So is this mobile learning, well it’s not using a mobile device, but certainly is learning out of the college and the classroom and therefore the learner is learning whilst mobile in a “sitting on the sofa” kind of way. It is about the learner deciding to choose where they access their learning, whether that be in college, on a mobile device such as a phone, or at home sitting on the sofa in front of their 41″ HD television.
Finally who will be buying TVs like the one advertised, I think you will be surprised by who does.
Delivering content online for a conference or a meeting can sometimes be problematic. As part of the MoLeNET project I have been delivering a fair few online conferences using InstantPresenter. One of the problems I had with this system was that the screen sharing was Windows only (and those who know me know that I use a Mac).
Today Alan Cann (via Seesmic) told me about Adobe ConnectNow which is a way to meet live over the web and share screens, whiteboards, video conference and then some…
Adobe ConnectNow is a great way to share ideas, discuss details, and complete work together — all online. Reduce travel costs, save time, and increase productivity with a web conferencing solution that is easy to access and simple to use.
The presenter does need to sign up and install a plugin, and the free version allows for three participants. The participants only need to have Flash installed. The full version seems quite expensive, but the quality is really good.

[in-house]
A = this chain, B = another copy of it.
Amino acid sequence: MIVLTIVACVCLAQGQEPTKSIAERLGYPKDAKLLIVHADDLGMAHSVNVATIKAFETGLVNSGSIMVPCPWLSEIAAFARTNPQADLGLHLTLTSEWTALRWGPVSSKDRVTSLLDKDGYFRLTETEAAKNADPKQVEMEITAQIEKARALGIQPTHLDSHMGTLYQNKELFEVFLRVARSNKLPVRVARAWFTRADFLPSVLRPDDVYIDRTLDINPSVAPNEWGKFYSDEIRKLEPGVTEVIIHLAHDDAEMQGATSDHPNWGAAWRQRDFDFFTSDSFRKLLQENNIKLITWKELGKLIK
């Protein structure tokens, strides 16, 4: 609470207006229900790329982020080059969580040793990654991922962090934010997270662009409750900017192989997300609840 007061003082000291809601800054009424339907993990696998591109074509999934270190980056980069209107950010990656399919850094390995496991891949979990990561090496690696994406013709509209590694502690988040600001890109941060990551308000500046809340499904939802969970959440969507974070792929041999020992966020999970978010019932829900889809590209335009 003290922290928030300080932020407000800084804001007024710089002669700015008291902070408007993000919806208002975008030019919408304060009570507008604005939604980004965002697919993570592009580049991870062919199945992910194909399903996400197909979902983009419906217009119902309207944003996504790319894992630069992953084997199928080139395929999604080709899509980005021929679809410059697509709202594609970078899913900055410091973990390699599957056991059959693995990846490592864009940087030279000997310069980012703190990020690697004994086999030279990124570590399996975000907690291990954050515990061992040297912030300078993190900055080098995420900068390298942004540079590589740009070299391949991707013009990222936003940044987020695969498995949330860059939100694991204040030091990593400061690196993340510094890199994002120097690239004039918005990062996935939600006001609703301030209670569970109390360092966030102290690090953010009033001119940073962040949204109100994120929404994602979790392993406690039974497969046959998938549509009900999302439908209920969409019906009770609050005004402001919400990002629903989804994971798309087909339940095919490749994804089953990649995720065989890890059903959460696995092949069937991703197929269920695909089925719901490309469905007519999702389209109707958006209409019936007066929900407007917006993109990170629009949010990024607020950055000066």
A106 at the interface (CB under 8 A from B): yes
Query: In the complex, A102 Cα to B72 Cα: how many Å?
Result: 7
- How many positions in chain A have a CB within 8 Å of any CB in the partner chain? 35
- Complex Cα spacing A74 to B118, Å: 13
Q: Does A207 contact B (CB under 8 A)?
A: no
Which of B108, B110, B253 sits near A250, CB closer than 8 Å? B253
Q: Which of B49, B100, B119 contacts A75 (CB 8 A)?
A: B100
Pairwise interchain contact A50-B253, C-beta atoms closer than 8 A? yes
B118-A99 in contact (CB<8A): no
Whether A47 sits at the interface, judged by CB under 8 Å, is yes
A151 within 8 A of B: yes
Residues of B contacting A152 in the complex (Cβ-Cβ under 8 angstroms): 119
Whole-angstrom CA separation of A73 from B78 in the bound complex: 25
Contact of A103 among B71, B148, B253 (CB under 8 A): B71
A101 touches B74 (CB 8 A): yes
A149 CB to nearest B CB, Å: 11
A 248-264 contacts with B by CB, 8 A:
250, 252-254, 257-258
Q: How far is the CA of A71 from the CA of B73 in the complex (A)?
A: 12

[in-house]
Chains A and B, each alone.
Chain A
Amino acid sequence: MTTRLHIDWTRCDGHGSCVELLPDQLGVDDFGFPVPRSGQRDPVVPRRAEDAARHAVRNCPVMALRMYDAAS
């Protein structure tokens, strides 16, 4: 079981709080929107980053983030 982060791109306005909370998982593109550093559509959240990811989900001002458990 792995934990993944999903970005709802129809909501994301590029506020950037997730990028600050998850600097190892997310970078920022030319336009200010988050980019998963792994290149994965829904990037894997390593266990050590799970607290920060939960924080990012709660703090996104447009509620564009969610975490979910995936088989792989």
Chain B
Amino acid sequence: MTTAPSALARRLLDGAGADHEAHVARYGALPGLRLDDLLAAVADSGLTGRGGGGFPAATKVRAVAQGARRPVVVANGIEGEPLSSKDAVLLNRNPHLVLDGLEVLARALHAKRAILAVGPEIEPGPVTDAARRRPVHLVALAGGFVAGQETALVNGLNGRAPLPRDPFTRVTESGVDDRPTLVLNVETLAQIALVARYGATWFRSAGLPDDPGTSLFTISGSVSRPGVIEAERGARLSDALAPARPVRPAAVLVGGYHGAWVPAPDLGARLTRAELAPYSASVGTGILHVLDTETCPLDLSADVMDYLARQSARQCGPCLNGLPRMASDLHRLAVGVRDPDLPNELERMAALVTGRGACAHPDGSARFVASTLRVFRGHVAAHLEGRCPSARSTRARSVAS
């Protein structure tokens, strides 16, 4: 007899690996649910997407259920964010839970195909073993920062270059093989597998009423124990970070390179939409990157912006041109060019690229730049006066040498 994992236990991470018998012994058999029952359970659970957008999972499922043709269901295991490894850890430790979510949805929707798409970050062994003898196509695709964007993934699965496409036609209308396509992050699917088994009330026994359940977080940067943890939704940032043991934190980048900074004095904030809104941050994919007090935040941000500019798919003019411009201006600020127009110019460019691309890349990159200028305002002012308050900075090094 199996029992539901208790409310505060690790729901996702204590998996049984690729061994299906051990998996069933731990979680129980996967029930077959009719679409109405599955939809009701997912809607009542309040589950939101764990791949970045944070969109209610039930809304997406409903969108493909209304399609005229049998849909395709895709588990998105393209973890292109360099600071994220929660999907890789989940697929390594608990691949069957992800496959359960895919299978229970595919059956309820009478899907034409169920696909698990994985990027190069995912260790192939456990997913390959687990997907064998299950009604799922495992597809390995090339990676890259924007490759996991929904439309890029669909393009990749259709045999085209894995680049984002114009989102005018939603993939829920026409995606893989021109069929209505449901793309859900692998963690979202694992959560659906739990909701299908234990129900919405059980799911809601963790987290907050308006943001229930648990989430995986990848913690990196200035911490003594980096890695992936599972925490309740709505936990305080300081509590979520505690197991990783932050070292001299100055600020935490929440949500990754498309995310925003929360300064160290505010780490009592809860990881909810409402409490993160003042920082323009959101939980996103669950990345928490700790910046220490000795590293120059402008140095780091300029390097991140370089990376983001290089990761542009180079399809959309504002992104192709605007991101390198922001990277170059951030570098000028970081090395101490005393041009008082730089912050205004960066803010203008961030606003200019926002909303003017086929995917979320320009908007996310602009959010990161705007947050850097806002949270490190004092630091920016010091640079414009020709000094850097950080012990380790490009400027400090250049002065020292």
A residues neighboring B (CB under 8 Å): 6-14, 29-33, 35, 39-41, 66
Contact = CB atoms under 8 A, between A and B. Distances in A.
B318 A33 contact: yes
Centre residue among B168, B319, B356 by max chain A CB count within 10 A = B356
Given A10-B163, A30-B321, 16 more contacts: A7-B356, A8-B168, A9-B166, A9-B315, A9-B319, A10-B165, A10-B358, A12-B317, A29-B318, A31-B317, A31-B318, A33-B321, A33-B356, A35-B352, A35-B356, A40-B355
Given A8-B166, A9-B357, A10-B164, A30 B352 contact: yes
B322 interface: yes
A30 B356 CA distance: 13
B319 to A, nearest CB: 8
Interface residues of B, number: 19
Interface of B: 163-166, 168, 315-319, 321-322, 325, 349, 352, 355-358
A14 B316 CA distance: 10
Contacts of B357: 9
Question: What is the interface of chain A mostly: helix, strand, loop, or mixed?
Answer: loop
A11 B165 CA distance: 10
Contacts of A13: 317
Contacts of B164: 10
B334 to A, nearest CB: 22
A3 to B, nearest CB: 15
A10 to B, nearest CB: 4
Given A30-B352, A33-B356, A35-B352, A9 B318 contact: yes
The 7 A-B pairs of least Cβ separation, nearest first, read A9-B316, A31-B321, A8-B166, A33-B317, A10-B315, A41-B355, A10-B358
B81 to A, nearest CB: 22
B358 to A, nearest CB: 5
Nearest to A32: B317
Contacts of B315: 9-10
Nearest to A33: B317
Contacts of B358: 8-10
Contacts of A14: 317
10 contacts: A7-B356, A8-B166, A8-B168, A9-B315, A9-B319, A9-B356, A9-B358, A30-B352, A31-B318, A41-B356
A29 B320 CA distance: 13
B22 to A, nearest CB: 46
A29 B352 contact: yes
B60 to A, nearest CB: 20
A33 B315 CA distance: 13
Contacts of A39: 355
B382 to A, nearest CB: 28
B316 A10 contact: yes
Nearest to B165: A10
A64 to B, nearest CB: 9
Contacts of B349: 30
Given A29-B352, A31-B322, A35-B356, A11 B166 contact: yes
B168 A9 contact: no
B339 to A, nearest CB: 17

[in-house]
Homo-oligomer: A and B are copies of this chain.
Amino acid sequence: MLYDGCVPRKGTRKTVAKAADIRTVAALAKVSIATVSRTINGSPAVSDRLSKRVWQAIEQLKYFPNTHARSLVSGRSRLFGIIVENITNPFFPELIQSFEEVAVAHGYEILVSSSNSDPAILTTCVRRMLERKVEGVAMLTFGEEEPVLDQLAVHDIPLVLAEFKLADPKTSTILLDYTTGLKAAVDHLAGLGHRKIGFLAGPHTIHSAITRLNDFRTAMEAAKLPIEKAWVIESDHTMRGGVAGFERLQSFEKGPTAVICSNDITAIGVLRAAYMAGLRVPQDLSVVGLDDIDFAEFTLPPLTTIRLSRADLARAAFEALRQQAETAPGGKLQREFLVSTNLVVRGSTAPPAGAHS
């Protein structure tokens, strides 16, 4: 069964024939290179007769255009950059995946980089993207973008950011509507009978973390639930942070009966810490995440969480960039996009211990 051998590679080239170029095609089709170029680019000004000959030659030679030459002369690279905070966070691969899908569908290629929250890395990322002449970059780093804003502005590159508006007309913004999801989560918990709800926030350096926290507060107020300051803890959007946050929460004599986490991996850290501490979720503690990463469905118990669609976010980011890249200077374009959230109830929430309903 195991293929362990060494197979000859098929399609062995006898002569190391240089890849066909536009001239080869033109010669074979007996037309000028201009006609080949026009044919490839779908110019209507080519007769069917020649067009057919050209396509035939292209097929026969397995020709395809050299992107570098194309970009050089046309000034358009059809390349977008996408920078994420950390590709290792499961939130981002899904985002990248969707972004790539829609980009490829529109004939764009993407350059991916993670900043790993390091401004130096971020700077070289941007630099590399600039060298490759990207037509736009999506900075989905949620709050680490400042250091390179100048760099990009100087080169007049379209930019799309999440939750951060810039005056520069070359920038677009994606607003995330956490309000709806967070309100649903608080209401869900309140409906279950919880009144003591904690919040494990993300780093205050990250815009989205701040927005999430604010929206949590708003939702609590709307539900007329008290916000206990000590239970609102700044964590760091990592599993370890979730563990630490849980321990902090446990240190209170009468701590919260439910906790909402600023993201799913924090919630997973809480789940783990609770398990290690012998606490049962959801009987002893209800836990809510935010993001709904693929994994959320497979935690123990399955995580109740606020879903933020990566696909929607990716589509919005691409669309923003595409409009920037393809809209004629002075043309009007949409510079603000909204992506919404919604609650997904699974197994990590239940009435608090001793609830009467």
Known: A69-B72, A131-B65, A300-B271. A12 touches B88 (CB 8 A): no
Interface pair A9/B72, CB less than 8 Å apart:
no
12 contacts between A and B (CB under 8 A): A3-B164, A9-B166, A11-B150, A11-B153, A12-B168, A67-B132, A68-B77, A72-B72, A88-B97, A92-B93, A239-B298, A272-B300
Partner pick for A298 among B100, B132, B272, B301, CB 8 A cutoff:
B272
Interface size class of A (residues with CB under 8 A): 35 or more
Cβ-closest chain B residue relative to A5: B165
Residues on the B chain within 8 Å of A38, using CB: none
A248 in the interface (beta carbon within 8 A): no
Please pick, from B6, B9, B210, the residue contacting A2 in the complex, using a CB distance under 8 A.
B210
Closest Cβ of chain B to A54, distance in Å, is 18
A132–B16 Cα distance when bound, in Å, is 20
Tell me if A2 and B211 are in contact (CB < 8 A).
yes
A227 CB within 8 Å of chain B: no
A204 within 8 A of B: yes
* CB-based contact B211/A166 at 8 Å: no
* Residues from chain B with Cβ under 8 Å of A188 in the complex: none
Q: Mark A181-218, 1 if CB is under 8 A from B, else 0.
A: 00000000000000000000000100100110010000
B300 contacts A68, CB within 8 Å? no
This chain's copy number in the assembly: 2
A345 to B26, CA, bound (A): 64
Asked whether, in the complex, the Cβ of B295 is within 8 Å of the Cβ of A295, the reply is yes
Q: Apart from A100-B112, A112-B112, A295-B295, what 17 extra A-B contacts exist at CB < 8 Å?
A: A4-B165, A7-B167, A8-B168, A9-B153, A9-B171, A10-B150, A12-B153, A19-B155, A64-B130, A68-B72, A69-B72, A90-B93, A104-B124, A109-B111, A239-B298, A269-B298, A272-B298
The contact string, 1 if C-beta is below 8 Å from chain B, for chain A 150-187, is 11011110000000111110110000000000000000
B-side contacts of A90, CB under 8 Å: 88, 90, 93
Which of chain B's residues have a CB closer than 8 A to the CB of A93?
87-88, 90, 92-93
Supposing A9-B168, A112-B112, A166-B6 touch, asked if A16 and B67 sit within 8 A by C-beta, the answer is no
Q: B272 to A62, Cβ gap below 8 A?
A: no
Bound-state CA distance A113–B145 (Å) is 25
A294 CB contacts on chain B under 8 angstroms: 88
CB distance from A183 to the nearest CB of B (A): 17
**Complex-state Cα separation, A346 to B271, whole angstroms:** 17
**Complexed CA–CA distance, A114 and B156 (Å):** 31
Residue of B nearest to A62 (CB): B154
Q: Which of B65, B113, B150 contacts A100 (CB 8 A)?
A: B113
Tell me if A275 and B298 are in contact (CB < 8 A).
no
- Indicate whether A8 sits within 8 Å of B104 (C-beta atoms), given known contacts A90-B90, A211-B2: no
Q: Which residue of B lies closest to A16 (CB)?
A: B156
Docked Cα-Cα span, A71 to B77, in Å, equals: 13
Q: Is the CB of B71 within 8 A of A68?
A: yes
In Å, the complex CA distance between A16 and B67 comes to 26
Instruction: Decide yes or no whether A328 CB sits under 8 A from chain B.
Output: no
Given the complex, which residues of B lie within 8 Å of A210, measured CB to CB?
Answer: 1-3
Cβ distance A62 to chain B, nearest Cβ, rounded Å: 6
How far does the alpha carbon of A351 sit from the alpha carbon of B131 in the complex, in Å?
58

You can see a demo here (from a Seesmic conversation I was having with Alan about it).
Alas the video is no longer available
Now is this not Macromedia Breeze just reinvented?
In many ways, the Adobe Media Player mimics iTunes Video and Podcast functionality by providing users with an all-enclosed application that provides access to network shows and podcasts. Content is sparse at the moment, but Adobe has partnered with a number of content providers such as CBS, PBS, MTV and more. Unlike iTunes, however, Adobe’s Media Player is not presently a “store” and offers free and ad-supported content. Adobe, however, has said that it plans on adding payment systems later to offer purchase and rental options.
Certainly this looks like it could be a real alternative to iTunes for those looking for a way to play podcasts.
news and views on e-learning, TEL and learning stuff in general…